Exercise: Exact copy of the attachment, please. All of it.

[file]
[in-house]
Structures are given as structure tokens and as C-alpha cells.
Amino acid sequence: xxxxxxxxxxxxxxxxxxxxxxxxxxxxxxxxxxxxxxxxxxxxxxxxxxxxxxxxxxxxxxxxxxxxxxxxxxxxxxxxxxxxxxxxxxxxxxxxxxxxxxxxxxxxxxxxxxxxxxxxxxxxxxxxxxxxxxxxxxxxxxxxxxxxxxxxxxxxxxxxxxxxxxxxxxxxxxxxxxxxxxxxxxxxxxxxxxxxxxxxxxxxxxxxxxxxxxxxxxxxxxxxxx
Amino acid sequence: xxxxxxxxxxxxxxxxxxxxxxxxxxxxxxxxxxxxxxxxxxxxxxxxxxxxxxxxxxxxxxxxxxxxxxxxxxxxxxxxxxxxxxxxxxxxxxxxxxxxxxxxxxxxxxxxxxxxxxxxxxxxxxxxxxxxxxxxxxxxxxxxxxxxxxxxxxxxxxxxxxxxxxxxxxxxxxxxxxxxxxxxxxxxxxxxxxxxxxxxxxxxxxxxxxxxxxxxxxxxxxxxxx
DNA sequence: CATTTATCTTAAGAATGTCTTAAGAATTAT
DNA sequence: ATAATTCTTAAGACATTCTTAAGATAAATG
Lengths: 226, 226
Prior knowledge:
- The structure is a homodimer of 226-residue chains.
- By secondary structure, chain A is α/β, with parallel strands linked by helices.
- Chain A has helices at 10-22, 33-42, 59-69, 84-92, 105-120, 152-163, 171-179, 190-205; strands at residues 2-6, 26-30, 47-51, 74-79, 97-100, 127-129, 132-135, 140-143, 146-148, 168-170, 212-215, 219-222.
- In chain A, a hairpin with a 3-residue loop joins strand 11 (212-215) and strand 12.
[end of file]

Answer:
[in-house]
Structures are given as structure tokens and as C-alpha cells.
Amino acid sequence: xxxxxxxxxxxxxxxxxxxxxxxxxxxxxxxxxxxxxxxxxxxxxxxxxxxxxxxxxxxxxxxxxxxxxxxxxxxxxxxxxxxxxxxxxxxxxxxxxxxxxxxxxxxxxxxxxxxxxxxxxxxxxxxxxxxxxxxxxxxxxxxxxxxxxxxxxxxxxxxxxxxxxxxxxxxxxxxxxxxxxxxxxxxxxxxxxxxxxxxxxxxxxxxxxxxxxxxxxxxxxxxxxx
Amino acid sequence: xxxxxxxxxxxxxxxxxxxxxxxxxxxxxxxxxxxxxxxxxxxxxxxxxxxxxxxxxxxxxxxxxxxxxxxxxxxxxxxxxxxxxxxxxxxxxxxxxxxxxxxxxxxxxxxxxxxxxxxxxxxxxxxxxxxxxxxxxxxxxxxxxxxxxxxxxxxxxxxxxxxxxxxxxxxxxxxxxxxxxxxxxxxxxxxxxxxxxxxxxxxxxxxxxxxxxxxxxxxxxxxxxx
DNA sequence: CATTTATCTTAAGAATGTCTTAAGAATTAT
DNA sequence: ATAATTCTTAAGACATTCTTAAGATAAATG
Lengths: 226, 226
Prior knowledge:
- The structure is a homodimer of 226-residue chains.
- By secondary structure, chain A is α/β, with parallel strands linked by helices.
- Chain A has helices at 10-22, 33-42, 59-69, 84-92, 105-120, 152-163, 171-179, 190-205; strands at residues 2-6, 26-30, 47-51, 74-79, 97-100, 127-129, 132-135, 140-143, 146-148, 168-170, 212-215, 219-222.
- In chain A, a hairpin with a 3-residue loop joins strand 11 (212-215) and strand 12.